Michael Coogan, God & Sex 最後一章節錄:
For readers who are believers, the Bible continues to be considered an
authoritative guide. Yet, while upholding it as such, individuals and
communities of faith today, as through the ages, have of necessity been
selective--not just adopting, but adapting, modifying, and even rejecting some
of its teachings.
Bible is an anthology of historically conditioned texts, how do these texts
apply to later situations?
What a foundational text meant when it was written is not the only question
that needs to be answered: we also have to determine what such a text means in
the present. To do so requires ascertaining the ideals that underlie the
As an illustration, let us consider a specific issue from the culture wars of
another era, the issue of slavery. Every part of the Bible reflects the views of
its writers, and for them all, from the early Israelites to the latest authors
of the New Testament, slavery was divinely ordained and beyond question. Yet the
biblical story and the laws embedded in it also imply an alternate, even
subversive view... [The] repeated references to the Exodus from Egypt is the
principle of imitation of God: if God had delivered the Israelites from slavery,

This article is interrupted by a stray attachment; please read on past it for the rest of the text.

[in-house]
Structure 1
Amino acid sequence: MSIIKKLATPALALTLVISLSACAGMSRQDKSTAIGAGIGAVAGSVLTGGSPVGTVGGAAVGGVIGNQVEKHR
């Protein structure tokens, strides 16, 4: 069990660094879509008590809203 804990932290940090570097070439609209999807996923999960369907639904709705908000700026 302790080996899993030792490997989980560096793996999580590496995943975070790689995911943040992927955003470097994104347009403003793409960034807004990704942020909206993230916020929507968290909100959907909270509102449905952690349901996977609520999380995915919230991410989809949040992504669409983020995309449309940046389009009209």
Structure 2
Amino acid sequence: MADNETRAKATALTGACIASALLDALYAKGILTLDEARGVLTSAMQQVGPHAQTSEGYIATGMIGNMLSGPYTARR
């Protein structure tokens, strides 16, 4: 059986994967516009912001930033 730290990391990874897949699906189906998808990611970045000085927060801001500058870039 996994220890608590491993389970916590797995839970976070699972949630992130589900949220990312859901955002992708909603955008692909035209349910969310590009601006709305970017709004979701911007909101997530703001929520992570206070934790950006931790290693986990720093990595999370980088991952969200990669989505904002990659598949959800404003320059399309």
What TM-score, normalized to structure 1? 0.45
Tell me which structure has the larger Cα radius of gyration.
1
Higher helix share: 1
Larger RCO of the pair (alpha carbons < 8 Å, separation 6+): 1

then perhaps Jews and Christians should do the same for their own slaves. They
should treat others as they themselves had been treated, and would wish to be
treated... The essence of the scripture, then, is fair and equitable treatment
of others; the actual words are not necessarily binding.
Hence, relying on the overarching authority of the Bible, rather than on the
actual words of specific biblical writers for whom slavery was not only
permissible but even divinely decreed, abolitionists argued that slavery should
be ended because it was contrary to the essence of the biblical message. The
same analysis can be applied to issues like the status of women and, I would
argue, of any individual or group perceived as inferior.
Any specific biblical text is an incomplete formulation of the ideal because
it is historically conditioned, and so it should not be taken as absolute in any
sense. Moreover, no single biblical text adequately expresses the ideal, and in
fact some texts clearly counter to it from our perspective.